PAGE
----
He’s being a bit simplistic – its not that they can’t calculate the cost of hiring (when I do it for my clients, I push them toward worst case scenarios), its that when they do that calculation its not meeting their hurdle rates.

        Put it simply – if a new person could bring in $100k of business, but costs $70k, benefits, HR overhead and all, that means you net an additional $30k. Sounds great! Until you realize you lose 35% off the top (corporate income taxes). Now you’re at $19.5k. You get it into the owner’s hands, so they pay another 30%. We’re now talking about $12k extra in his pocket. That’s still a great deal.

        Unless you realize that there is a 40% chance of that, 30% chance its a break even, 30% chance you lose money on that new hire. You take your 12k x 40% plus the 30% chance of losing (say) 10k on the deal. By your estimate, you’re going to risk all that extra overhead for 1.8k, or a 2.5% ROI?

        Its a simplistic calculation (there are dozens of other variables that can be thrown in), but that’s the basics of it.

    • Mom says:

      No, actually it has nothing to do with calculating the cost of hiring. They can calculate the cost of hiring just fine. They’re saving because in the current business climate, they can make more money (or lose less, anyway) by pocketing the low interest loans than they can make by hiring people and making more stuff that nobody will buy.

      The math is complicated, but the bottom line isn’t.

  9. np206100 says:

    Microsoft should give their money away to hotmail users who forward emails to 10 of their friends!

  10. jake.valentine says:

    There is uncertainty and fear over just what the anti-business segment of society has up its sleeve next. You can’t demonize corporations/businesses and then wonder why they aren’t hiring. In Cali they continually raise taxes and fees, increase regulations, and then wonder why businesses are leaving the state. I don’t think the scenarios we see playing out in the business world are as complicated as we make them. Often we are creating excuses when the real answer is fairly obvious.

  11. jake.valentine says:

    There is uncertainty and fear over just what the anti-business segment of society has up its sleeve next. You can’t demonize corporations/businesses and then wonder why they aren’t hiring. In Cali they continually raise taxes and fees, increase regulations, and then wonder why businesses are leaving the state. I don’t think the scenarios we see playing out in the business world are as complicated as we make them. Often we are creating excuses when the real answer is fairly obvious.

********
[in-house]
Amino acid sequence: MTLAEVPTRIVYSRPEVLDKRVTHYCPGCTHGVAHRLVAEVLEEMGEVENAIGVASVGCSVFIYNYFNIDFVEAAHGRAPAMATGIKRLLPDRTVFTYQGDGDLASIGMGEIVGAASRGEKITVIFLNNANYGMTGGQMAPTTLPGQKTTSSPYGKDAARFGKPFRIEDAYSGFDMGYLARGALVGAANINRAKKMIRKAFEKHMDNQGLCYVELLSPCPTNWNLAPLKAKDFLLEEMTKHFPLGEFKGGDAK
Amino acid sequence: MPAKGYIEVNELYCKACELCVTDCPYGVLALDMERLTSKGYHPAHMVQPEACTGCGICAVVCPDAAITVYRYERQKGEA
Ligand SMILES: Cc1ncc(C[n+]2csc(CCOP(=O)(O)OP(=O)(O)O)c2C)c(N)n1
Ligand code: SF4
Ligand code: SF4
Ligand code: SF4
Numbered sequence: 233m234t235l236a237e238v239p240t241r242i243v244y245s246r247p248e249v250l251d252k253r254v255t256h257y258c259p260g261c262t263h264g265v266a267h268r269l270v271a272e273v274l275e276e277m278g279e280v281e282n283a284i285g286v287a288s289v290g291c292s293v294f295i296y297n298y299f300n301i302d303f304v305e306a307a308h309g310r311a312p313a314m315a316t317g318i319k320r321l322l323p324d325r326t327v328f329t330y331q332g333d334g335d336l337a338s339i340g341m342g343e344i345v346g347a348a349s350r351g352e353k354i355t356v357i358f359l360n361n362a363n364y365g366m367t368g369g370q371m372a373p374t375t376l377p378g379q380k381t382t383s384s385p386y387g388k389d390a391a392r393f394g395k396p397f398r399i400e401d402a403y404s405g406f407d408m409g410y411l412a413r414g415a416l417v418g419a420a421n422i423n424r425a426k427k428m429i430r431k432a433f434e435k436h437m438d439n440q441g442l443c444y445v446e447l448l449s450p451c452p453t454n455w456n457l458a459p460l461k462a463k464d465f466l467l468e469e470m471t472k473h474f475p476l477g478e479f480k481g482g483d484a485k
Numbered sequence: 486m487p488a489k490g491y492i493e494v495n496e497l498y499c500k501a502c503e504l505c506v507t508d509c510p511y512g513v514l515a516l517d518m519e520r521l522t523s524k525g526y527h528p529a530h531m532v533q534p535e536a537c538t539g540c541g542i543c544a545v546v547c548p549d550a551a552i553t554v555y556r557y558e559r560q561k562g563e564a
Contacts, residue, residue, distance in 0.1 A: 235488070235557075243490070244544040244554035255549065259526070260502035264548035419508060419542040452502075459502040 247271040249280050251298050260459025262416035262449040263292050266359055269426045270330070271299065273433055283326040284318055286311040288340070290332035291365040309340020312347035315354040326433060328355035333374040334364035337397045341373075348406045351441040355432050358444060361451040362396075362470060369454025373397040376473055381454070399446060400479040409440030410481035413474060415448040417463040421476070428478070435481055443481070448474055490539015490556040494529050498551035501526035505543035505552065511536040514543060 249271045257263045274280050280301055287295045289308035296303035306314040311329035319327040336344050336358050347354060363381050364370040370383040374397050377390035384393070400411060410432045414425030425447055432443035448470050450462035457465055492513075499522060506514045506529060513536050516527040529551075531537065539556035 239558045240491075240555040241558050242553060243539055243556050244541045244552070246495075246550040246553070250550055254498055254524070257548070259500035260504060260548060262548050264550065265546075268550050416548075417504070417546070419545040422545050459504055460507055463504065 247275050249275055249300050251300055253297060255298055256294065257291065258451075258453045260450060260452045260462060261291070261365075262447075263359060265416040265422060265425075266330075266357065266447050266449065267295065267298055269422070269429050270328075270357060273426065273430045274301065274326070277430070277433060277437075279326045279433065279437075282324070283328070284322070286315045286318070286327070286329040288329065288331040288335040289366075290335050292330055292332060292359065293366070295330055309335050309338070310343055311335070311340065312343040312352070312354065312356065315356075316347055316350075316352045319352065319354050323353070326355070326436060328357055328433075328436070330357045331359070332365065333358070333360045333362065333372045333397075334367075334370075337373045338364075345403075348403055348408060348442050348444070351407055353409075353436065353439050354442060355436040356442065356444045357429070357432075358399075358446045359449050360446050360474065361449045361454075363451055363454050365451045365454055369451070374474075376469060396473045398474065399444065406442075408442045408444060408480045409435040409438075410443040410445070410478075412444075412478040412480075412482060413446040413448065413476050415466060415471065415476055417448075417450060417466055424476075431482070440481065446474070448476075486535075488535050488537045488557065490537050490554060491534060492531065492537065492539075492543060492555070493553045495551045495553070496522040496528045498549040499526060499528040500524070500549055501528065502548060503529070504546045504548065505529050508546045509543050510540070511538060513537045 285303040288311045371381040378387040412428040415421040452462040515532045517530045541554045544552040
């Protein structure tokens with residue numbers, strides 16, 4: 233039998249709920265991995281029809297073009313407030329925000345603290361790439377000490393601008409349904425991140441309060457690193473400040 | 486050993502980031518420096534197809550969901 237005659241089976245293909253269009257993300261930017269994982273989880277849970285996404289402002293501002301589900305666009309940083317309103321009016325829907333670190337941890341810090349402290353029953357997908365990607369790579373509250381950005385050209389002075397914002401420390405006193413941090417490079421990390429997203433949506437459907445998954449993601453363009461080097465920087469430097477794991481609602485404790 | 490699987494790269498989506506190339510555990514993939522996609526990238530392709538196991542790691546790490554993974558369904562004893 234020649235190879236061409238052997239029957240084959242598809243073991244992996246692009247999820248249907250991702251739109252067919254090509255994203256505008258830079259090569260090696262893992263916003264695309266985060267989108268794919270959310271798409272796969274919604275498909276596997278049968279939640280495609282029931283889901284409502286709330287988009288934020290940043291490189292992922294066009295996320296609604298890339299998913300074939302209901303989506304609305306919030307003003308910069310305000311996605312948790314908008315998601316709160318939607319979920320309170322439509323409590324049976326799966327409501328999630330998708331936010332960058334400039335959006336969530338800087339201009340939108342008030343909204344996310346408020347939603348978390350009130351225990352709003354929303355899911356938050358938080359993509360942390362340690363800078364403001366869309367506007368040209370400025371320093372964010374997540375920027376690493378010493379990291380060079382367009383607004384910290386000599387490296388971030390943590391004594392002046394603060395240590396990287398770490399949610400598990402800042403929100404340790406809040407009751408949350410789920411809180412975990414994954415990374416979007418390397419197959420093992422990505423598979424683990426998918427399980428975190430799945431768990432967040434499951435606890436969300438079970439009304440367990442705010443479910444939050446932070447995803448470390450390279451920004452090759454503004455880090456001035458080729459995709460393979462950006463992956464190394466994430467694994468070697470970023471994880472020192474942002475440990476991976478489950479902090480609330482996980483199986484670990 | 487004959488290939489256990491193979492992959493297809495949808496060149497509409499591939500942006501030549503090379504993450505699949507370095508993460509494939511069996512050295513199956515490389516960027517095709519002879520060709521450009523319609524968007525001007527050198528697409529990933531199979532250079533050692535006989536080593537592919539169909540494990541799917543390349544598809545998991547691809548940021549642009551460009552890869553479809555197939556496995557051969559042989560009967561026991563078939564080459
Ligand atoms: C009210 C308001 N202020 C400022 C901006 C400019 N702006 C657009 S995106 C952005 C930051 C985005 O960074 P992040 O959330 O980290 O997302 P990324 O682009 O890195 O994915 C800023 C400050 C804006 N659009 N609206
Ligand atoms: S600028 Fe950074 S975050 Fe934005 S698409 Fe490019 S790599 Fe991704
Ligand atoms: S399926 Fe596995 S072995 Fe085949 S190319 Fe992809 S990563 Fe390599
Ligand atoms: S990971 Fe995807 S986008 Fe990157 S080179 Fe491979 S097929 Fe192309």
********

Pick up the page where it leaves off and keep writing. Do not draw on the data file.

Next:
• RandomHookup says:

      Such as people aren’t spending as much money as in the past because they are worried about their economic future? Certainly businesses do get picked on, but there are reports of rising corporate profits in a time of flat (to dropping) individual incomes. Since governments have to get their money from somewhere, the target with the most money is going to get hit.

  12. bearymore says:

    It has everything to do with trickle down economics. The justification for the near zero interest rates from the Fed is that corporations will use the cheap money to invest and create jobs. Since one can assume that the governors of the Fed know something about corporate finance, then your argument proves what we’ve all known all along – monetary and tax policy has simply become a cynical mechanism to transfer huge amounts of public money to large corporations justified by a hypocritical appeal to trickle down or, worse, supply side “economics”.

    This is why the New Deal didn’t try to deal with the Great Depression through monetary policy and tax giveaways. It in principle does not work.

    • TuxthePenguin says:

      The justifications for the near-zero interest rates were to allow banks to lend money. Remember, they have to keep a certain reserve on hand per government regulations – what we’ll call their assets. Stupidly, many had them wrapped up in CDOs and other (now we know) risky assets. Those went boom… suddenly many were not sufficiently capitalized. In addition, they were freaked, so they stopped lending.